What is very striking is that whenever Muslims were included in the struggle for independence in mass movements—in the way that they ¬presently are as well—their involvement was wholeheartedly nationalist and anti-imperialist, not sectarian or communal. The Khilafat movement that mobilised the mass of Muslims qua Muslims, even though it did ¬eccentrically appeal to an obscure Muslim cause related to the end of the Ottoman Empire, was not only through and through a nationalist -mobilisation, it had dynamic effects in many regions of the country that made Muslims more progressive than they ever had been, both on gender issues and on issues of political economy that affected the peasantry. In fact, the more purely class struggle of the 1930s, over which the Congress did not always have control, could not have been possible without the antecedent inspirations of the Khilafat and non-cooperation mobilisations.
The effects of the Khilafat movement on Muslim consciousness had subsi¬ded by 1927-28 and there followed a decade in which Muslims were inclu¬ded in Indian nationalism by a quite different understanding of democratic inclusion—not via mass mobilisations, but more formal negotiations by its leaders with the Hindu leaders of the Congress in round table conferences and other such fora. In these more ¬formal efforts at inclusion, the Muslim leaders always felt alienated and dominated by their Hindu counterparts. So much so that Nehru explicitly declared in the late 1930s that it was a wholly wrong method of inclusive nationalism and one would have to return to a mass movement to include Muslims in the nationalist cause. It was with such a declared understanding that the Muslim Mass Contact Campaign was launched by the Congress under the leadership of the left-leaning Muslim leader K.M. Ashraf, and it was through these campaigns that a wide range of Muslims were brought again into the anti-imperialist nationalist ¬campaign—the Khudai Khidmatgars, the Aligarh academics, many of the Deobandi leaders….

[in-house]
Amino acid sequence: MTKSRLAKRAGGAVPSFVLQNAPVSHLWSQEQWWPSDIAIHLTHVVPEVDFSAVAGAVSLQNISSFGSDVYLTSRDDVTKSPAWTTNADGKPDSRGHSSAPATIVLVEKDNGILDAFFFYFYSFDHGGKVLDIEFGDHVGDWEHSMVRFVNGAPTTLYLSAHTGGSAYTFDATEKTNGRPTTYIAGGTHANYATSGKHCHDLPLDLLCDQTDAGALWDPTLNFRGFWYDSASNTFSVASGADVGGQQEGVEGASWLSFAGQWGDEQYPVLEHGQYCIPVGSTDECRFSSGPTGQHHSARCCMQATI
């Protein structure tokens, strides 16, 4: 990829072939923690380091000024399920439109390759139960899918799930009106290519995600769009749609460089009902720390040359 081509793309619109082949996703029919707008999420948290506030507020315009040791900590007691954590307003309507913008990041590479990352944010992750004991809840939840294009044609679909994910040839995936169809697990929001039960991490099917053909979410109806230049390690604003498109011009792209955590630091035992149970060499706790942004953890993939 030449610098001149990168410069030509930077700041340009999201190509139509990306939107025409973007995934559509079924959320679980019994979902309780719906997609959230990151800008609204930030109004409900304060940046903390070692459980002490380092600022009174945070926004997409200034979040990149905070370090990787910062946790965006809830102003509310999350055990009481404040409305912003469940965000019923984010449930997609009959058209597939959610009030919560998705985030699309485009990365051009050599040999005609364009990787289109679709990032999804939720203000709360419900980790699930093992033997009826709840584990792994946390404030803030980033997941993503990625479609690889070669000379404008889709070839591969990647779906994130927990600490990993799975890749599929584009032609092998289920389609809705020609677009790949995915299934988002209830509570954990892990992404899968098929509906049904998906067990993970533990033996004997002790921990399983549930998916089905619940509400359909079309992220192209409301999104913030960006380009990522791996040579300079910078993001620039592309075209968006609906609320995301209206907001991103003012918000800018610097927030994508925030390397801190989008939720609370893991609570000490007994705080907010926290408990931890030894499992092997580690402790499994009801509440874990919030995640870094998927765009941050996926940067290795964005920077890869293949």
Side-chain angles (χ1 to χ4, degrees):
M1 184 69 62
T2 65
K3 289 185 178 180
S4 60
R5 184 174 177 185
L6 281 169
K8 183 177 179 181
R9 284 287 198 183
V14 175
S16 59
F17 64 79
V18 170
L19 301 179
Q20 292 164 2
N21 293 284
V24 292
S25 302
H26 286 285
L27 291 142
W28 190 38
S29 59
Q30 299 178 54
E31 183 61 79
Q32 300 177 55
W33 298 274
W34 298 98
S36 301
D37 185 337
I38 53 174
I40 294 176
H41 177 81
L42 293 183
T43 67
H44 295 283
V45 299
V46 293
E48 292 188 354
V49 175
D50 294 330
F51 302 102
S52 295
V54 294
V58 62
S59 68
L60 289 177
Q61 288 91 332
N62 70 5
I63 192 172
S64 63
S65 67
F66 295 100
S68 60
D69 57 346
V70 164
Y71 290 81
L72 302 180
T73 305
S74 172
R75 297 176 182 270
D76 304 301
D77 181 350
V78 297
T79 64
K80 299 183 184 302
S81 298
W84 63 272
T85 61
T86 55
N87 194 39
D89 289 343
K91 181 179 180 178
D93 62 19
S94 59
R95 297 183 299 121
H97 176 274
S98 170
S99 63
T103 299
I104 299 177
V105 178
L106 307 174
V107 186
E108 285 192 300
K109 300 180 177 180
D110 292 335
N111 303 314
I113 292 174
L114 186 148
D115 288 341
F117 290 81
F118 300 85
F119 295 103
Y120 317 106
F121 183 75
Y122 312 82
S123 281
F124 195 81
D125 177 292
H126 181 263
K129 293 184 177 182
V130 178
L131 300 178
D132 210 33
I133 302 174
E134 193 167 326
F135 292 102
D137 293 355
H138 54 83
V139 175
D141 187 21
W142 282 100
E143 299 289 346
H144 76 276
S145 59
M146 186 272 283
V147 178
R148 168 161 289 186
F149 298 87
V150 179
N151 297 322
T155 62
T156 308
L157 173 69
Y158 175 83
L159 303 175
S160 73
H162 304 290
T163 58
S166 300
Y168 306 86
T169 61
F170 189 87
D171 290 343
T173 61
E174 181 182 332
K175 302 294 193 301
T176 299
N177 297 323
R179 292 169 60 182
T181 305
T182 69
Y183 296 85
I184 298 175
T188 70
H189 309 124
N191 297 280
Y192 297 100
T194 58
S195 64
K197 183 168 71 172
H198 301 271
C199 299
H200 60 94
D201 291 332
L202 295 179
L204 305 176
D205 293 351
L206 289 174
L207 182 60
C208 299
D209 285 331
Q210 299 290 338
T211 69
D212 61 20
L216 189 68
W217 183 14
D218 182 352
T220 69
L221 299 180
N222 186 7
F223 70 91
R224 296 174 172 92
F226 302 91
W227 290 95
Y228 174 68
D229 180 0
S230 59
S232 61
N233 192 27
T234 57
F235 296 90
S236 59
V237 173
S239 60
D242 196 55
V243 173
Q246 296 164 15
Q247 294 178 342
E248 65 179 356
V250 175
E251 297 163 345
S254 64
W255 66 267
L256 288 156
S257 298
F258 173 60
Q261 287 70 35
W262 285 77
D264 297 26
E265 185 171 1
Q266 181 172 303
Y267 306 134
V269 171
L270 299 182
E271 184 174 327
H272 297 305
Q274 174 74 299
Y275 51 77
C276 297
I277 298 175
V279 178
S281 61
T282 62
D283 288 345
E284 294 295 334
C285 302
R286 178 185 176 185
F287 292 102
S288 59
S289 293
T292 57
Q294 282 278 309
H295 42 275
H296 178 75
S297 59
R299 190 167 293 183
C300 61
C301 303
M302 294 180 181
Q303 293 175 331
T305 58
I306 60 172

The campaign was shorter-lived than the Khilafat movement and never ¬really reached deep into the peasantry as the earlier campaign had. Still, these points, I believe, bring out something that the present campaigns in the squares and maidans are retrospectively making clear. The failure of Partition was the failure of formal methods of inclusion through negotiations between leaders. When ordinary Muslims had a genuinely participatory role in mass mobilisations, they never felt the tug of a sectarian, communal or separatist aspiration.
Let us hope, then, that leaders don’t enter and ruin the political possibilities of resistance that have emerged in the participatory presence of Muslim women and men in the morale-boosting mass mobilisations that we are currently witnessing.
(Views are personal)
Akeel Bilgrami, Sidney Morgenbesser Professor of Philosophy and professor, Committee on Global Thought, Columbia University